Early on the morning of October 12, 2020, 27-one year-former Jang Deok-joon came dwelling after working his in a single day shift at South Korean e-commerce giant Coupang and jumped into the shower. He had worked on the company’s warehouse within the southern city of Daegu for a minute bit over a one year, hauling crates chunky of items ready to be shipped to shipping hubs. When he didn’t near out of the leisure room for over an hour and a half of, his father opened the door to derive him unconscious and curled in a ball within the bathtub, his palms tucked tightly into his chest. He used to be rushed to the sanatorium, however with no pulse and failing to breathe on his own, doctors pronounced him dumb at 9: 09 a.m. The coroner dominated that he had died from a heart attack.

Jang’s story caught my eye because he used to be the third Coupang worker to die that one year, adding to rising project about the character of the company’s success. And Coupang has been astoundingly a hit: it has risen to develop to be South Korea’s third-biggest employer in proper about a years, harnessing a mountainous network of warehouses, 37,000 workers, a rapidly of drivers, and a suite of AI-driven tools to consume a commanding web site in South Korea’s crowded ecommerce market. Coupang is all over in South Korea: half of of residents absorb downloaded its app, and its “Rocket Offer” service—the company claims 99.3% of orders are delivered within 24 hours—has earned it a reputation for “out-Amazoning even Amazon.”

Coupang’s voice of AI to shorten shipping times is especially striking: its proprietary algorithms calculate every thing from basically the most exciting technique to stack applications in shipping trucks, to the actual route and disclose of deliveries for drivers. In warehouses, AI anticipates purchases and calculates shipping time prick-off dates for outbound applications. This permits Coupang to promise shipping in no longer as a lot as a day for thousands and thousands of items, from a 60-cent facemask to a $9,000 digicam. Such improvements are why Coupang confidently bills itself because the “future of ecommerce,” and absorb been the utilizing pressure within the motivate of company’s latest initiating on Nasdaq that valued the company at $84 billion—the biggest US IPO by an Asian company since Alibaba in 2014.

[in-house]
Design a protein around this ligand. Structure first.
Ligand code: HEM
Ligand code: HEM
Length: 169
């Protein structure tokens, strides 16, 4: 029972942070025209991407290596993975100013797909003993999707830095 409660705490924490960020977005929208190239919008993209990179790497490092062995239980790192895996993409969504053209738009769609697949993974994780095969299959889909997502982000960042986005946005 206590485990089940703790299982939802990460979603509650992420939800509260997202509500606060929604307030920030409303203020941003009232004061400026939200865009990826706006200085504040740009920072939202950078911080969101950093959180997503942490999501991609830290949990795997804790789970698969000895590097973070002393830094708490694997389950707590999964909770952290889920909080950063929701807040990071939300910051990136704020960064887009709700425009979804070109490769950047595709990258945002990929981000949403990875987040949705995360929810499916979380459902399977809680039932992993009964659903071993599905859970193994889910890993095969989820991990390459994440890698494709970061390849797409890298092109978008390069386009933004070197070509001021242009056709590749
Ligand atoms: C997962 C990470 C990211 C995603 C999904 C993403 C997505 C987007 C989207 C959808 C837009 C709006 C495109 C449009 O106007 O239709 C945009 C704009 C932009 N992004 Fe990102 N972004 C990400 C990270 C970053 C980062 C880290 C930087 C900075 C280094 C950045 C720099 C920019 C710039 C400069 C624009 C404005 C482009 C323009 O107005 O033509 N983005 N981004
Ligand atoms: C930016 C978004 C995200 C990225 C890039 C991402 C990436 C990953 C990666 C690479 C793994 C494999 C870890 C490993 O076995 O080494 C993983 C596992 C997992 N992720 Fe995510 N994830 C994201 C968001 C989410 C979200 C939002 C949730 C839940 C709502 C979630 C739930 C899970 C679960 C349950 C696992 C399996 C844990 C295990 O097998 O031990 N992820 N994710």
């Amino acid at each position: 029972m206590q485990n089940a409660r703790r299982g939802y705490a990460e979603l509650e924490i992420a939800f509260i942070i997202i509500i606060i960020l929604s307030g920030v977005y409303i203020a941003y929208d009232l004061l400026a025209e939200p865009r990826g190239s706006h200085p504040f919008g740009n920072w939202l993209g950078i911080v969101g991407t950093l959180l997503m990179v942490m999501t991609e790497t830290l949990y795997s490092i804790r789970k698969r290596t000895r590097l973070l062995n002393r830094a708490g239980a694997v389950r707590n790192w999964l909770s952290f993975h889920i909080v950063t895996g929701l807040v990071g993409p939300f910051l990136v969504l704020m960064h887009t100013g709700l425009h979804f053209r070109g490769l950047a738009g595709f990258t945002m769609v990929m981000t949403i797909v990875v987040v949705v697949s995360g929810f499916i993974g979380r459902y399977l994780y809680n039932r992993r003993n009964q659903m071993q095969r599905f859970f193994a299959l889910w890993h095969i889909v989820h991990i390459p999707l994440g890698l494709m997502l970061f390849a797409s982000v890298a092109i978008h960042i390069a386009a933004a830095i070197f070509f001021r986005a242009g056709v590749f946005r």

However what does all this innovation and effectivity mean for the company’s workers?

That used to be the query I had in mind closing summer season, before Jang’s loss of life, after I met several of Coupang’s warehouse and shipping workers. Treasure Jang, who had told his mother that workers absorb been handled like “disposable objects,” they had all experienced the dehumanizing results of Coupang’s algorithmic improvements. Some talked about a bruising chase of work hitched to the expectations of superhuman shipping times. Others talked about it used to be complicated to even dawdle to the leisure room at work. In 2014, when Coupang began offering Rocket Offer, its on-query shipping service, it had promised procure careers with above-average advantages even to backside-rung workers. However somewhere along the procedure, it appeared, the workers had been lowered to what South Korean labor journalist Kim Ha-young has called the “palms and legs of synthetic intelligence.” 

It’s miles now not any longer any coincidence that principal of this criticism mirrored experiences of working prerequisites at Amazon. Although Coupang used to be founded in 2010 as a Groupon-like deals platform, it switched to Amazon’s vertically constructed-in fulfillment model in 2014, pledging to develop to be the “Amazon of Korea.” In doing so, it without observe met the exact identical complications with labor.

Tense work, on query

What makes Rocket Offer work is definite bet—a promise that Coupang’s algorithms will choose precisely when a batch of deliveries needs to dawdle away the warehouse in disclose to keep it to you on time. Within the company’s warehouses, these shipping time prick-off dates near approximately every two hours. 

“I realized after I began working there that the sole priority used to be meeting Rocket Offer time prick-off dates,” talked about Race Geon, one feeble warehouse worker I spoke to. “We absorb been proper robots.” Race went on medical dawdle away from his job at Coupang in Would possibly per chance presumably additionally 2020 after tearing his left hamstring while running to satisfy a deadline. He has since been let dawdle by the company.

All the procedure thru the pandemic, the casualties of the obsession with hyperefficiency stacked up. From 2019 to 2020, work-linked accidents and ailments at Coupang and its warehouses virtually doubled to 982 incidents.